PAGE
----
Friday, December 23, 2022
I love the parables of Jesus. But I’ve got to admit, this one about the shrewd manager threw me for a loop. Take a minute to read it.
“The master commended the dishonest manager because he had acted shrewdly.” (v.8)
Is Jesus commending this shrewd manager for cheating his master out of his money by canceling debt without his master’s permission? Can that possibly be true? The rich master found out that his money manager was misusing his money, so he fired him. The manager did not want to be homeless and live on the street begging, so he granted favors to the master’s debtors before his exit from his employment. The purpose of his deceit was to guarantee that he would have some “friends” from whom he could ask for future favors. Give so that you get. Sounds shrewd, right? Sounds like the master and Jesus seems to think so.
But, is his behavior ethical? His former boss commends his shrewdness, and it looks like Jesus is using him as an example that we should follow. Perhaps we need to take a closer look at this parable.
First, do not be confused about who the rich master is. In other parables, a master is considered to be God, but in this one, that is not true. God would not be commending us for being dishonest and a thief. So, what is the point? What is Jesus teaching?
“For the people of this world are shrewder in dealing with their own kind than are the people of the light.” (v8) Jesus is comparing us, the people of the light, with people of this world. People of the world look out for themselves, and people of the light are not doing this. So, how do we as people of the light look out for ourselves without being dishonest? It actually is simple, but we often find it very difficult.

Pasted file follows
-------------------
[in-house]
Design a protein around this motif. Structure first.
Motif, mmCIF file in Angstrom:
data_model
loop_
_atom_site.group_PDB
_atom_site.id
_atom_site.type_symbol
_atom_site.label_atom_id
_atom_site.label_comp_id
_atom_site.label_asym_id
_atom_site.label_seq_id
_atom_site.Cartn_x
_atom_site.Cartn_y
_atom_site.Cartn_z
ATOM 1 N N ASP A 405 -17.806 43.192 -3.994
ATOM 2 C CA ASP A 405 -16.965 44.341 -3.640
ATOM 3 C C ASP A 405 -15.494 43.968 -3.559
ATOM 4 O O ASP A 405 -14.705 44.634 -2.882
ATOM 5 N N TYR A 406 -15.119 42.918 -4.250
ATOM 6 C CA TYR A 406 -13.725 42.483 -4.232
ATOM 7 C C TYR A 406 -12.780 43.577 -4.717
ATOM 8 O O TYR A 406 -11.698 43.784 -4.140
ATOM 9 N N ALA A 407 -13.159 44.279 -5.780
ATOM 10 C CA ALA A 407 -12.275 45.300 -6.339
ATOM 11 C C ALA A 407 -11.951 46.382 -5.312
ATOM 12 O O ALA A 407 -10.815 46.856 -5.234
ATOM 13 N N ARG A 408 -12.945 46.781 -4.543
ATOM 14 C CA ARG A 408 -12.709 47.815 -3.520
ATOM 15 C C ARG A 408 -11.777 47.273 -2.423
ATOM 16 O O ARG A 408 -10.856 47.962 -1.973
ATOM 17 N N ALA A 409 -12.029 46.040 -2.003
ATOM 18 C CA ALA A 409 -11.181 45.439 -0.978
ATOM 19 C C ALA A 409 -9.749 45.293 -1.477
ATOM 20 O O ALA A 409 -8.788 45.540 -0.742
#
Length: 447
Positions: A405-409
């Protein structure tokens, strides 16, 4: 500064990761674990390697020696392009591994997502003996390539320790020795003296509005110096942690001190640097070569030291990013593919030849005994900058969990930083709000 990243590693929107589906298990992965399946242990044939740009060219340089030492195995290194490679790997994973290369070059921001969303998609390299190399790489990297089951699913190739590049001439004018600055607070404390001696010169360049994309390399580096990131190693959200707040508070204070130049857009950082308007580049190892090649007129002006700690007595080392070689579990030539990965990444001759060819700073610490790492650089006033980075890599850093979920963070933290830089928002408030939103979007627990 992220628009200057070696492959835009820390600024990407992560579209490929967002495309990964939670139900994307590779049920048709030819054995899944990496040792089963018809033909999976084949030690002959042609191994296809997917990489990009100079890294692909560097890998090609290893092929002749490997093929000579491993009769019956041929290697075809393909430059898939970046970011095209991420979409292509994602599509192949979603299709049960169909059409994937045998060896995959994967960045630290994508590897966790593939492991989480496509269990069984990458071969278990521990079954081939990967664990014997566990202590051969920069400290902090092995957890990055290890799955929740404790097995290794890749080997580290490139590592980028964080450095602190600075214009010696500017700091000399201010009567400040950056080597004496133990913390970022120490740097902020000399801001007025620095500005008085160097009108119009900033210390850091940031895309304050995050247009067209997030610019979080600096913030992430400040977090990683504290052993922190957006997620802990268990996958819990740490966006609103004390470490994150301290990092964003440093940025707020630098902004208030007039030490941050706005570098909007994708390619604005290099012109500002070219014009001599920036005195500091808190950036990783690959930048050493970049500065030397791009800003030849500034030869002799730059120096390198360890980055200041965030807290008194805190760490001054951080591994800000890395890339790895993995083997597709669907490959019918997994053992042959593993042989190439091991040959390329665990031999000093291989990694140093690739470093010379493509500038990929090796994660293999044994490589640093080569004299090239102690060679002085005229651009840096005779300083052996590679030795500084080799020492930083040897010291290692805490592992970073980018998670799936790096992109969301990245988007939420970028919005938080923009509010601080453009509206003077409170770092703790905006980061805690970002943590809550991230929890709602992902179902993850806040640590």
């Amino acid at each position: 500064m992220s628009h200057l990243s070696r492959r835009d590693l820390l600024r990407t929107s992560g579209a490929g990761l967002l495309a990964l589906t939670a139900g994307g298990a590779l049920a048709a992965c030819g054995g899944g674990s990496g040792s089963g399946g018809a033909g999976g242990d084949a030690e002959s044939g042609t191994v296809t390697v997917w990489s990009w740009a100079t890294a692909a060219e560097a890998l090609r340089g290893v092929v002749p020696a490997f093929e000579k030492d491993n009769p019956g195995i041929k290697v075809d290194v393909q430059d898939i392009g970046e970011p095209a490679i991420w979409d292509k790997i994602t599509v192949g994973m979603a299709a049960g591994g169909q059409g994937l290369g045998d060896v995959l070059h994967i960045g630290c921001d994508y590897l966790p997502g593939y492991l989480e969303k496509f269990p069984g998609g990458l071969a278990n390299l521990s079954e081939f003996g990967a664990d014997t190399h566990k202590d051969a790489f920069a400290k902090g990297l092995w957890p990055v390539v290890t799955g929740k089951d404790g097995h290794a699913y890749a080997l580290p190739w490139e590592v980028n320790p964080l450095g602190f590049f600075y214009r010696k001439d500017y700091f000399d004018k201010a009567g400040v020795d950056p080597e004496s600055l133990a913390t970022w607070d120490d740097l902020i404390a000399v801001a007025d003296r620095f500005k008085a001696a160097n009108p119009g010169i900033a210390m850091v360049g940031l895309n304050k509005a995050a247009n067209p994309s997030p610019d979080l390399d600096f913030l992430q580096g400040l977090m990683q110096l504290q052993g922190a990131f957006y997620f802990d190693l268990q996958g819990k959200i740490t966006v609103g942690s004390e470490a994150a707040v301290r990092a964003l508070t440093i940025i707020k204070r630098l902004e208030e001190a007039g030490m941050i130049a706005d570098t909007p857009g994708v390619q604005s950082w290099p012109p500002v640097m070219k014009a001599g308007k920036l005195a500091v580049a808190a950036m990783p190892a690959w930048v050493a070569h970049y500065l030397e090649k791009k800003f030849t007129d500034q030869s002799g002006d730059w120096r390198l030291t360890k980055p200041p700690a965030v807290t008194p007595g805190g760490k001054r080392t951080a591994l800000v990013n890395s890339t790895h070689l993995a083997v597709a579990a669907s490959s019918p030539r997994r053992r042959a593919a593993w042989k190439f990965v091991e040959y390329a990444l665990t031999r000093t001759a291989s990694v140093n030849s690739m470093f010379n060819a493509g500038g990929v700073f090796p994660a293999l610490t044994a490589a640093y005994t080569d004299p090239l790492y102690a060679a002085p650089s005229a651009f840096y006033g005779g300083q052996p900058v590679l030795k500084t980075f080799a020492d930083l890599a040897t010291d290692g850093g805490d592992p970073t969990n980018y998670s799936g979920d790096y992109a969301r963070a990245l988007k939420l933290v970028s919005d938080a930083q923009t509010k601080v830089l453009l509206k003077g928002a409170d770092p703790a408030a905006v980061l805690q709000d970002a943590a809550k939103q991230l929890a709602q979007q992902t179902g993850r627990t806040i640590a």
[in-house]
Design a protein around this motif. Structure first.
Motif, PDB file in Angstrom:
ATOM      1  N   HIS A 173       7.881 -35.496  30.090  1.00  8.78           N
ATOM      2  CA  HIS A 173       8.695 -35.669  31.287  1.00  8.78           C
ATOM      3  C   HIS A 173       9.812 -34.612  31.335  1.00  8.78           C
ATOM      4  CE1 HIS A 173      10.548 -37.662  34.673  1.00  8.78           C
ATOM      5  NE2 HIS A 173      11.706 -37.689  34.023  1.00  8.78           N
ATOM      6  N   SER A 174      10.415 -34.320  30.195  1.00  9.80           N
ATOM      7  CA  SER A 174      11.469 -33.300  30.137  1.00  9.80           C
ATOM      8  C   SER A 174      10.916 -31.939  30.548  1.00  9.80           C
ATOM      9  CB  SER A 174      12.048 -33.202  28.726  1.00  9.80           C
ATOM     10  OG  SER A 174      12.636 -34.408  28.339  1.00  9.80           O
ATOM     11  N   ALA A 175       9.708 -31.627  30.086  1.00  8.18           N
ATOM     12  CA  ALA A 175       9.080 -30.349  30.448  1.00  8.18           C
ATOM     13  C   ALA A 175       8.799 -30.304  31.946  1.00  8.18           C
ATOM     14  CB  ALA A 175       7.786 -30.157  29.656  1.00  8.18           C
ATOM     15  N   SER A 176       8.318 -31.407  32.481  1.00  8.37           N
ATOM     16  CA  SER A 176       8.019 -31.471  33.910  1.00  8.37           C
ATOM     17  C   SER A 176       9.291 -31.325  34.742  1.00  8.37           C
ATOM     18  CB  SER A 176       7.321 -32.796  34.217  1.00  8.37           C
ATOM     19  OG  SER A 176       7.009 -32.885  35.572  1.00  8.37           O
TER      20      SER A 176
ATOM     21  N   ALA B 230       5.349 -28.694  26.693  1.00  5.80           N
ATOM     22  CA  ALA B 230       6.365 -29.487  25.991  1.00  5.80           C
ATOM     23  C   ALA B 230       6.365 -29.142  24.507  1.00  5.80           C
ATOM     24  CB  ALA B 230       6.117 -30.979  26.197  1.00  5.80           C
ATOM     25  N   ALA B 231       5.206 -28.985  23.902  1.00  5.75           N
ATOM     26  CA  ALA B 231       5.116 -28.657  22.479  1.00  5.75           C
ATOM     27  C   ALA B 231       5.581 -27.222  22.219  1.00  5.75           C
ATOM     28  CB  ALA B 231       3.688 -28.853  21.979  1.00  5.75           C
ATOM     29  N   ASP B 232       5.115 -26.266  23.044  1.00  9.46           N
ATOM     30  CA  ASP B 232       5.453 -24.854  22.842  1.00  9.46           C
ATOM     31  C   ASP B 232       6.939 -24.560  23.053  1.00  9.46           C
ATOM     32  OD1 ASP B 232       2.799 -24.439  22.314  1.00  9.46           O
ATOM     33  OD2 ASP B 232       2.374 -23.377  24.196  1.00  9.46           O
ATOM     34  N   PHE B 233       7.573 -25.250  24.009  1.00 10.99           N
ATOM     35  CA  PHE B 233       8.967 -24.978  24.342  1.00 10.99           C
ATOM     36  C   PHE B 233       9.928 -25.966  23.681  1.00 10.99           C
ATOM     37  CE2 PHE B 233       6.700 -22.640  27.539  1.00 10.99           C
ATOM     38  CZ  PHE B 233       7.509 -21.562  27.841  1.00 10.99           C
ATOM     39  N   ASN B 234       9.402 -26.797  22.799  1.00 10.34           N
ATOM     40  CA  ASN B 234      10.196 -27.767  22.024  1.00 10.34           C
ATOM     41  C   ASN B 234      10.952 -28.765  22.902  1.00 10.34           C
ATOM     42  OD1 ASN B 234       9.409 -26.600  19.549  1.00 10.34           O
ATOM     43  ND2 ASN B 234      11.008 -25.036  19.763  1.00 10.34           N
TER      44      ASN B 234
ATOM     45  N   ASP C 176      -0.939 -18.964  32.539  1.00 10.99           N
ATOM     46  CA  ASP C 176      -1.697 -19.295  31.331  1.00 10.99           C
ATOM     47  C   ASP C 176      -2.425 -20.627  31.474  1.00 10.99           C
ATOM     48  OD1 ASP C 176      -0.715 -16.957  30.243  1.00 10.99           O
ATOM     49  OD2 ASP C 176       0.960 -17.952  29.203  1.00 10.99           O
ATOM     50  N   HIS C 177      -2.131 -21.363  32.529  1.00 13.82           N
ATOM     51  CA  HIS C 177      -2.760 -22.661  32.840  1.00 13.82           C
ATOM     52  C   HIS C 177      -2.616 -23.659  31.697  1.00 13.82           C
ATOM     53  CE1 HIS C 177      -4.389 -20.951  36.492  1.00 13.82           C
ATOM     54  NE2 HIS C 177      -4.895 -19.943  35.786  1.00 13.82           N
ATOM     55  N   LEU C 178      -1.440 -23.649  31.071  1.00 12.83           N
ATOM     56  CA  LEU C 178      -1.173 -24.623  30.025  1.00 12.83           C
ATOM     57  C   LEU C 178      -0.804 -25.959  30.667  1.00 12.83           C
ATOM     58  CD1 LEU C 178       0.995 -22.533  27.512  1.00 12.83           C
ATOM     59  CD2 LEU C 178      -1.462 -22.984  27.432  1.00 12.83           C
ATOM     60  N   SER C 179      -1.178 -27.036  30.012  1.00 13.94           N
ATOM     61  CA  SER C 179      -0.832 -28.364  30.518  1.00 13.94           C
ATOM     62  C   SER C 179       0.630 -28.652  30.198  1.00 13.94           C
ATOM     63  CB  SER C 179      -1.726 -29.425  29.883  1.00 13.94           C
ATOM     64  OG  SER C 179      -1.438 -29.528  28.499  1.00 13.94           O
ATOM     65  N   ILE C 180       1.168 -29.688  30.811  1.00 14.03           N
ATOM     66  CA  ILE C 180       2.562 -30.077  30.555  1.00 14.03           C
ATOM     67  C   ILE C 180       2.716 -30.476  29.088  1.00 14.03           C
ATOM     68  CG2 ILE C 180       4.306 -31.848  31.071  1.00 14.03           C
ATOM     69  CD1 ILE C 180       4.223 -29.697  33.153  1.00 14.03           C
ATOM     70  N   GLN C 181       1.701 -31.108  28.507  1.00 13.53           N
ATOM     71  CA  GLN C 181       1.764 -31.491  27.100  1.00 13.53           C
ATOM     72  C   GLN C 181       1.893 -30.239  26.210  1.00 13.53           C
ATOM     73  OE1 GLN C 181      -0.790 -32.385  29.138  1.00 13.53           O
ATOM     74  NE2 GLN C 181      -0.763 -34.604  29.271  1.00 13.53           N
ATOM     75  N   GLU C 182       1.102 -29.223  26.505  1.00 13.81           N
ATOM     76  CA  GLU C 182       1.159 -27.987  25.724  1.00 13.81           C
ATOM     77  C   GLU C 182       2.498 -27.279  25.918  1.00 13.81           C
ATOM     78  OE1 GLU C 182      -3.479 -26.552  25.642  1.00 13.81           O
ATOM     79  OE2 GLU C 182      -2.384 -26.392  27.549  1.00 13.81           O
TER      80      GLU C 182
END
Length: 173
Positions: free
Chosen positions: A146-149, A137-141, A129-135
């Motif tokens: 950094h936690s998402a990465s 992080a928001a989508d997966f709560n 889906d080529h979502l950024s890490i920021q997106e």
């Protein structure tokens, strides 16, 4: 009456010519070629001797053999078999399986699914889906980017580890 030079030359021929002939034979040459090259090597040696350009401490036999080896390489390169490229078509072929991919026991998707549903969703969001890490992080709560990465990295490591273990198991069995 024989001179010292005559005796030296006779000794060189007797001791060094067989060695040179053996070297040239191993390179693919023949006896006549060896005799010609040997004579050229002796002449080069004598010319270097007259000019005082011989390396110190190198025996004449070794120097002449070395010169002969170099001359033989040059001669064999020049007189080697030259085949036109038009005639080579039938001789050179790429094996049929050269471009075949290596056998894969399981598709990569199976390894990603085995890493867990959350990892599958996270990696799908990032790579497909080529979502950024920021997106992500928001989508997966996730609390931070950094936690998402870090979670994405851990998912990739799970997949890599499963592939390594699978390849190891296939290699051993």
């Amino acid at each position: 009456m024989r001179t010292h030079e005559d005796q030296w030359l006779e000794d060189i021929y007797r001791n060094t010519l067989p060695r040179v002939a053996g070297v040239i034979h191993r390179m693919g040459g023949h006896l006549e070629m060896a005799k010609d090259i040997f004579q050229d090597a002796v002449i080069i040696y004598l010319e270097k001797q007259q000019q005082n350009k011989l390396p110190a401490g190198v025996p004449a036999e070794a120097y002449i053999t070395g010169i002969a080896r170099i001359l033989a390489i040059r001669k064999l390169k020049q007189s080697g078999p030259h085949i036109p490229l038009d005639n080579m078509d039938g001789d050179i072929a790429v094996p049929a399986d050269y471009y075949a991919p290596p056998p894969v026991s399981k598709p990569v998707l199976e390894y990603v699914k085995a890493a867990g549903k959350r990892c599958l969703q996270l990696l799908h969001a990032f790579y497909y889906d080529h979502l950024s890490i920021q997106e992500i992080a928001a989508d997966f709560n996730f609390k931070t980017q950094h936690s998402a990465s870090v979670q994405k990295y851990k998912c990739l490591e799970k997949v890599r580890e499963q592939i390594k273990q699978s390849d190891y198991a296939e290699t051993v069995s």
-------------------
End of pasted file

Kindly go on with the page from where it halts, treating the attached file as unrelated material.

“When you give a luncheon or dinner, do not invite your friends, your brothers or sisters, your rich neighbors; if you do, they may invite you back and so you will be repaid. (The shrewd manager’s game plan). But when you give a banquet, invite the poor, the crippled, the lame, the blind, and you will be blessed. Although they cannot repay you, you will be repaid at the resurrection of the righteous” (Luke 14:12-14). (This should be our game plan!) Throughout His ministry Jesus told us to give to the needy, love your enemies, and do good without expecting anything in return. As a result, your reward will be great, and you will be repaid at the resurrection of the righteous.
By doing these things, we are being shrewd by laying up treasures in heaven. We are taking care of ourselves by taking care of others. However, our focus is not on this present world, like the shrewd manager, but on our future at the resurrection of the righteous. This requires us to walk in faith, believing that God will indeed remember that we have been seeking “first the Kingdom of God and His righteousness” (Matthew 6:33).
Jesus shares another parable in this chapter, The Rich Man and Lazarus. So how are these two parables connected? The Rich Man was not just rich, but very rich. He had the finest clothes and he ate huge meals each day. Just outside his gate lay Lazarus. It is not that the Rich Man did not know that Lazarus was there, literally begging for some scraps off the Rich Man’s plate. Nevertheless, the Rich Man ignored the cries of Lazarus. Then the expected happened. Both men die. Because the Rich Man claimed Abraham as his father, he expected a great reward when he died. Instead, he experienced great pain and torment. And there in the midst of his pain and agony he saw Lazarus enjoying the peaceful and happy company of Abraham. So, the Rich Man cried out to Abraham to have Lazarus come to him, dip his finger in water, and cool his burning tongue. How ironic! This same Rich Man refused to give Lazarus scraps off his overflowing table. The Rich Man wanted grace and mercy, without giving grace and mercy. The big takeaway is that the Rich Man was not shrewd enough to lay up for himself treasures in heaven. What do you think?
Questions for reflection:
- What is the difference between “give so that you get” and “give and you will get”?
- What is the difference between being repaid and being blessed?
- What is your motive for giving? Is storing up for yourself treasures in heaven a good motive for giving?
- What does God expect from you when confronted with others in need?